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What is/are Erlotinib?

Erlotinib hydrochloride (trade name Tarceva) is a drug used to treat non-small cell lung cancer, pancreatic cancer and several other types of cancer. It is a reversible tyrosine kinase inhibitor, which acts on the epidermal growth factor receptor (EGFR). It is marketed in the United States by Genentech and OSI Pharmaceuticals and elsewhere by Roche. In lung cancer, it extends life by an average of 3.3 months.


Erlotinib is an EGFR inhibitor. The drug follows Iressa (gefitinib), which was the first drug of this type. Erlotinib specifically targets the epidermal growth factor receptor (EGFR) tyrosine kinase, which is highly expressed and occasionally mutated in various forms of cancer. It binds in a reversible fashion to the adenosine triphosphate (ATP) binding site of the receptor. For the signal to be transmitted, two EGFR molecules need to come together to form a homodimer. These then use the molecule of ATP to trans-phosphorylate each other on tyrosine residues, which generates phosphotyrosine residues, recruiting the phosphotyrosine-binding proteins to EGFR to assemble protein complexes that transduce signal cascades to the nucleus or activate other cellular biochemical processes. By inhibiting the ATP, formation of phosphotyrosine residues in EGFR is not possible and the signal cascades are not initiated.

Clinical applications

Erlotinib has shown a survival benefit in the treatment of lung cancer in phase III trials. The SATURN (Sequential Tarceva in Unresectable NSCLC) study found that erlotinib added to chemotherapy improved overall survival by 19%, and improved progression-free survival (PFS) by 29%, when compared to chemotherapy alone. The manufacturer estimated that erlotinib can extend life by approximately 3.3 months. Some researchers call the drug "marginally" cost effective. In a draft guidance, NICE has recommened Tarceva for lung cancer.

The U.S. Food and Drug Administration (FDA) has approved erlotinib for the treatment of locally advanced or metastatic non-small cell lung cancer that has failed at least one prior chemotherapy regimen.

In November 2005, the FDA approved erlotinib in combination with gemcitabine for treatment of locally advanced, unresectable, or metastatic pancreatic cancer.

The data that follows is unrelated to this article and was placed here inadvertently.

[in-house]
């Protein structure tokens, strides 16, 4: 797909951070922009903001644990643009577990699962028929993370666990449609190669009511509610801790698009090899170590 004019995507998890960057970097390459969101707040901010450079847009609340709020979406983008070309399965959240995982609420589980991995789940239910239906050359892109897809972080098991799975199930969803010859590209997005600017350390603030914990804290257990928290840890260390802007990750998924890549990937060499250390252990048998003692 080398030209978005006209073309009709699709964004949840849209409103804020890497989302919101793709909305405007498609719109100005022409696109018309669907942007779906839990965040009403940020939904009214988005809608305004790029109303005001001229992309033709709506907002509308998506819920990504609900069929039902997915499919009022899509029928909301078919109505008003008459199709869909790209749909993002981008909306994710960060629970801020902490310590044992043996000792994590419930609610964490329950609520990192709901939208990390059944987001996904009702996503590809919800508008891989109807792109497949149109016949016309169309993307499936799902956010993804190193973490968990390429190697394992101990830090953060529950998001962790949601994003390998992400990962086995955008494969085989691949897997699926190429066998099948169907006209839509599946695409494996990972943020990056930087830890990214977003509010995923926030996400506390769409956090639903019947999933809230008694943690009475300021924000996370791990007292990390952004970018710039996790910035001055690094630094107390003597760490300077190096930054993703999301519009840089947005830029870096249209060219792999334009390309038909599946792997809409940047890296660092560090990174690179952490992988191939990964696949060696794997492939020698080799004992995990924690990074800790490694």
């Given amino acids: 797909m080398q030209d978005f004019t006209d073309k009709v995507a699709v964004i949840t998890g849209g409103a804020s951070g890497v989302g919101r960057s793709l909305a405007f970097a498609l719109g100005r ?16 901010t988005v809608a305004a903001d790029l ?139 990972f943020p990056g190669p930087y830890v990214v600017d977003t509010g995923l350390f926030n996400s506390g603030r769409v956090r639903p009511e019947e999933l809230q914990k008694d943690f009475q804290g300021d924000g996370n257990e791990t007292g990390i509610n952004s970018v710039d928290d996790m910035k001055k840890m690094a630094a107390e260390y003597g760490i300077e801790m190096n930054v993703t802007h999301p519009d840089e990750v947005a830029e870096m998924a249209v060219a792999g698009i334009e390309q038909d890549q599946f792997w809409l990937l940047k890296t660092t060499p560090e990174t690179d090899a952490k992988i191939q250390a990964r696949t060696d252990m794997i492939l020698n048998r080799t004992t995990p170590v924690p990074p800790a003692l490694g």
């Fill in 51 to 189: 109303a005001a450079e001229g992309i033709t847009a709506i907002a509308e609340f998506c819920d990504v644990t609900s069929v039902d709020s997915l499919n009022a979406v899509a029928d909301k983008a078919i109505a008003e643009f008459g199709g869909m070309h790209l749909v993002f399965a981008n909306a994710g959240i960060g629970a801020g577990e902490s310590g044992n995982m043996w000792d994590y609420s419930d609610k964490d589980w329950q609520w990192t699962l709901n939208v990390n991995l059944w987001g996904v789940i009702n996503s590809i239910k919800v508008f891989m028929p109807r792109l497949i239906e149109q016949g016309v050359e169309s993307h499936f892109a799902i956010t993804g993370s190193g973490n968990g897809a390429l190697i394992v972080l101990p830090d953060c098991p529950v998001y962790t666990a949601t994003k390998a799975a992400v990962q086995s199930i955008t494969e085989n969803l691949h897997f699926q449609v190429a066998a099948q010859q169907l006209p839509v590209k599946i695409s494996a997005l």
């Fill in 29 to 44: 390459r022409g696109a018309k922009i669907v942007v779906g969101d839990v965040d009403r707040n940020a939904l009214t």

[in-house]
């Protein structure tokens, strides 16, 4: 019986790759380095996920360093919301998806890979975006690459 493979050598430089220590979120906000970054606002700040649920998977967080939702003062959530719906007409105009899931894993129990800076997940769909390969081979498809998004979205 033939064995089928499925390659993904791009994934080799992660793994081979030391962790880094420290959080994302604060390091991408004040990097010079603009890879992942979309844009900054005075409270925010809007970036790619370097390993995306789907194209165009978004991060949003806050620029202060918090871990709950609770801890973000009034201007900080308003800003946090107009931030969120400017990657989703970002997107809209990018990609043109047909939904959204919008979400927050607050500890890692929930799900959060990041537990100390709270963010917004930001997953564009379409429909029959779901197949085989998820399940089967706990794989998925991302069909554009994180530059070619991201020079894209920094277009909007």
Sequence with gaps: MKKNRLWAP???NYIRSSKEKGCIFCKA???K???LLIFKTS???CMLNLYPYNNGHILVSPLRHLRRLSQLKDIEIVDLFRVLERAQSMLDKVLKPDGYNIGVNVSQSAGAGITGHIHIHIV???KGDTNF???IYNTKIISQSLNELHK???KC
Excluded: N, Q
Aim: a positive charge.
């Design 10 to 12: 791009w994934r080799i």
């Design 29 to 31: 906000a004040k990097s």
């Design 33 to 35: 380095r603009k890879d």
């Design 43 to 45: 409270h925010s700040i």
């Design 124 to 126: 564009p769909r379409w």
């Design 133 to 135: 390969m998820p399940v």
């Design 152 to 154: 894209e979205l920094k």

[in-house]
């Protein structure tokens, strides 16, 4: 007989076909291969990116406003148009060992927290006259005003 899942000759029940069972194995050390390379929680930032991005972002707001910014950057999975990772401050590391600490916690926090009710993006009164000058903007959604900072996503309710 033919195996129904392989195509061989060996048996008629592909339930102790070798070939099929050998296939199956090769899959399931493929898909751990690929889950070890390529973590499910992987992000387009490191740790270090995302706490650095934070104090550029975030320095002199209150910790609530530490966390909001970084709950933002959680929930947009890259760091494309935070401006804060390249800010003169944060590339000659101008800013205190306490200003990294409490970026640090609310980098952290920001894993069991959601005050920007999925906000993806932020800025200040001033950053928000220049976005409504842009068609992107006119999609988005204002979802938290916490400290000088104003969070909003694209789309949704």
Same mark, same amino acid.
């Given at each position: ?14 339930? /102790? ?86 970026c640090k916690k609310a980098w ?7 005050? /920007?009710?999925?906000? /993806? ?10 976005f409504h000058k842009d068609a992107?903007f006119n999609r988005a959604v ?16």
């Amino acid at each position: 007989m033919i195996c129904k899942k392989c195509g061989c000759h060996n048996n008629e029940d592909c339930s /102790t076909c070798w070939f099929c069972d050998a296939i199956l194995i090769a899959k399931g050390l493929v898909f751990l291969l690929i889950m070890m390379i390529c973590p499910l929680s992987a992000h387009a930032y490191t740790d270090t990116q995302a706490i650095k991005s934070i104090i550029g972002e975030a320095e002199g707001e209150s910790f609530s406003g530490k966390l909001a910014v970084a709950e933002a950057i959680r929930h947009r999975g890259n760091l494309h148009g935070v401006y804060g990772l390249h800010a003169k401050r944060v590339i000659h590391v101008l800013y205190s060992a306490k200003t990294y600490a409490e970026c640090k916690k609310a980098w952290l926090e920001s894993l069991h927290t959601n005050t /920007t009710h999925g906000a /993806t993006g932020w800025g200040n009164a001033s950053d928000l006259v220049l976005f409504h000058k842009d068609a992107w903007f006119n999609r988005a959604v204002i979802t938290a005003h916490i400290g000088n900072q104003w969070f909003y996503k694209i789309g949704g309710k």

In lung cancer, erlotinib has been shown to be effective in patients with or without EGFR mutations, but appears to be more effective in the group of patients with EGFR mutations. A test for the EGFR mutation in cancer patients has been developed by Genzyme. The response rate among EGFR mutation positive patients is approximately 60%. Patients who are non-smokers, and light former smokers, with adenocarcinoma or subtypes like BAC are more likely to have EGFR mutations, but mutations can occur in all types of patients.

EGFR positive patients are generally KRAS negative.

Erlotinib has recently been shown to be a potent inhibitor of JAK2V617F activity. JAK2V617F is a mutant of tyrosine kinase JAK2, is found in most patients with polycythemia vera (PV) and a substantial proportion of patients with idiopathic myelofibrosis or essential thrombocythemia. The study suggests that erlotinib may be used for treatment of JAK2V617F-positive PV and other myeloproliferative disorders.

The drug's US patent will expire in 2020. In May 2012, the US District Court of Delaware passed an order in favour of OSI Pharmaceutical LLC against Mylan Pharmaceuticals upholding the validity of the patent for Erlotinib. In India, generic pharmaceutical firm Cipla is battling with Roche against the Indian patent for this drug.


Erlotinib is mainly metabolised by the liver enzyme CYP3A4. Compounds which induce this enzyme (i.e. stimulate its production), such as St John's wort, can lower erlotinib concentrations, while inhibitors can increase concentrations.

Resistance to treatment

As with other ATP competitive small molecule tyrosine kinase inhibitors, such as imatinib (Gleevec) in CML, patients rapidly develop resistance. In the case of erlotinib this typically occurs 8–12 months from the start of treatment. Over 50% of resistance is caused by a mutation in the ATP binding pocket of the EGFR kinase domain involving substitution of a small polar threonine residue with a large nonpolar methionine residue (T790M). While proponents of the 'gatekeeper' mutation hypothesis suggest this mutation prevents the binding of erlotinib through steric hindrance, research suggests that T790M confers an increase in ATP binding affinity reducing the inhibitory effect of erlotinib.

Approximately 20% of drug resistance is caused by amplification of the hepatocyte growth factor receptor, which drives ERBB3 dependent activation of PI3K.

Other cases of resistance can involve numerous mutations, including recruitment of a mutated IGF-1 receptor to homodimerise with EGFR so forming a heterodimer. This allows activation of the downstream effectors of EGFR even in the presence of an EGFR inhibitor. Some IGR-1R inhibitors are in various stages of development (based either around TKIs such as AG1024 or AG538 or pyrrolo[2,3-d]-pyrimidine derivatives such as NVP-AEW541). The monoclonal antibody figitumumab which targets the IGF-1R is currently undergoing clinical trials.

Another cause of resistance can be inactivating mutations of the PTEN tumour suppressor which allow increased activation of Akt independent of stimulation by EGFR.

The most promising approach to combating resistance is likely to be combination therapy. Commencing treatment with a number of different therapeutic agents with differing modes of action is thought to provide the best defence against development of T790M and other resistance conferring mutations.

This article uses material from the Wikipedia article Erlotinib, which is released under the Creative Commons Attribution-Share-Alike License 3.0.

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